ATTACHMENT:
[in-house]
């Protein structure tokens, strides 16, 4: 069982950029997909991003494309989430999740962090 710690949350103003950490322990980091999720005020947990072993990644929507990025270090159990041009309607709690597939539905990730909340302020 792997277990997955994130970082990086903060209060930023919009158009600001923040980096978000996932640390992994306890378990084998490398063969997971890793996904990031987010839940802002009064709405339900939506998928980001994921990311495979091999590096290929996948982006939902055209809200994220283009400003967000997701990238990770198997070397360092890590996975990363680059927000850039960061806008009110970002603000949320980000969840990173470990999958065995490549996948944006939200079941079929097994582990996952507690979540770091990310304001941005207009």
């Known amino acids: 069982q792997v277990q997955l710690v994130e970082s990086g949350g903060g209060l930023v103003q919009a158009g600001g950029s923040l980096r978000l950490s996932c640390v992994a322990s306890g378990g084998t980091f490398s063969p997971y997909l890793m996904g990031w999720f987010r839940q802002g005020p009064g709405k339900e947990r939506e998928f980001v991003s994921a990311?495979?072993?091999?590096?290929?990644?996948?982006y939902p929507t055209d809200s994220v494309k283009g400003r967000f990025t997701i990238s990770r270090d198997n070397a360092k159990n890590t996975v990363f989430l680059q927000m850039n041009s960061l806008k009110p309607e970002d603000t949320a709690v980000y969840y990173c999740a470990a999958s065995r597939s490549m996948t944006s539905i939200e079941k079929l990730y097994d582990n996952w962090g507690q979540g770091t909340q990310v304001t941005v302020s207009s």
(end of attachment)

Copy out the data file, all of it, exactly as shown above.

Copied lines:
[in-house]
């Protein structure tokens, strides 16, 4: 069982950029997909991003494309989430999740962090 710690949350103003950490322990980091999720005020947990072993990644929507990025270090159990041009309607709690597939539905990730909340302020 792997277990997955994130970082990086903060209060930023919009158009600001923040980096978000996932640390992994306890378990084998490398063969997971890793996904990031987010839940802002009064709405339900939506998928980001994921990311495979091999590096290929996948982006939902055209809200994220283009400003967000997701990238990770198997070397360092890590996975990363680059927000850039960061806008009110970002603000949320980000969840990173470990999958065995490549996948944006939200079941079929097994582990996952507690979540770091990310304001941005207009």
């Known amino acids: 069982q792997v277990q997955l710690v994130e970082s990086g949350g903060g209060l930023v103003q919009a158009g600001g950029s923040l980096r978000l950490s996932c640390v992994a322990s306890g378990g084998t980091f490398s063969p997971y997909l890793m996904g990031w999720f987010r839940q802002g005020p009064g709405k339900e947990r939506e998928f980001v991003s994921a990311?495979?072993?091999?590096?290929?990644?996948?982006y939902p929507t055209d809200s994220v494309k283009g400003r967000f990025t997701i990238s990770r270090d198997n070397a360092k159990n890590t996975v990363f989430l680059q927000m850039n041009s960061l806008k009110p309607e970002d603000t949320a709690v980000y969840y990173c999740a470990a999958s065995r597939s490549m996948t944006s539905i939200e079941k079929l990730y097994d582990n996952w962090g507690q979540g770091t909340q990310v304001t941005v302020s207009s």